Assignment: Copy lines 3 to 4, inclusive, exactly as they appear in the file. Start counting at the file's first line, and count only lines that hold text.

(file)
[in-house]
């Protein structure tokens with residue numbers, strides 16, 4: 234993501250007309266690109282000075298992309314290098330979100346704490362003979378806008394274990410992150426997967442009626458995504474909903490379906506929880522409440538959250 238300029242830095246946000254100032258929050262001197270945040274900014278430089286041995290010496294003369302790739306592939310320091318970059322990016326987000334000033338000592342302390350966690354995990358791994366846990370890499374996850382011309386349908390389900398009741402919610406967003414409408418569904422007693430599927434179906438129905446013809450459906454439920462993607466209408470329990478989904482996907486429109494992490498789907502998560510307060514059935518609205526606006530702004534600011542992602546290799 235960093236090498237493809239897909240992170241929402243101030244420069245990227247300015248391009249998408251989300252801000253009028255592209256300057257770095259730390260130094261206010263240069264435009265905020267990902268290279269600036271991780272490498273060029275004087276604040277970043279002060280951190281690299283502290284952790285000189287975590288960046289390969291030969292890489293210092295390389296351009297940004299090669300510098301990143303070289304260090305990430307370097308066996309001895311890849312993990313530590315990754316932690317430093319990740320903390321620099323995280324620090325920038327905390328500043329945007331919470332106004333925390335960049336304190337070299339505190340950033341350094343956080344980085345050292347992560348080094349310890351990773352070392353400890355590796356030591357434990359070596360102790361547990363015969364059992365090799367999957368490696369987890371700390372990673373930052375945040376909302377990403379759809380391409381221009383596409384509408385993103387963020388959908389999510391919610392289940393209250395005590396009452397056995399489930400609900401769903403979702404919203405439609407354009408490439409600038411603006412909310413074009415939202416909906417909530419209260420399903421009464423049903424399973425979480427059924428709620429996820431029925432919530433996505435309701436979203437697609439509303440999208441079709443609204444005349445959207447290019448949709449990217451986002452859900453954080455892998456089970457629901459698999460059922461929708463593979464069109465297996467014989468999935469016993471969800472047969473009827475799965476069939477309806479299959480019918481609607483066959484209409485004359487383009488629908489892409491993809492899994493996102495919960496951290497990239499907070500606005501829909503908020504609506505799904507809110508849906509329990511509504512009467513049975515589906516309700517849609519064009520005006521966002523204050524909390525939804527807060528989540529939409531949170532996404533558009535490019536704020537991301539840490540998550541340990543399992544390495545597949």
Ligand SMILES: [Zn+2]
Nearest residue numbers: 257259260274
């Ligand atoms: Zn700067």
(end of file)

Ligand SMILES: [Zn+2]
Nearest residue numbers: 257259260274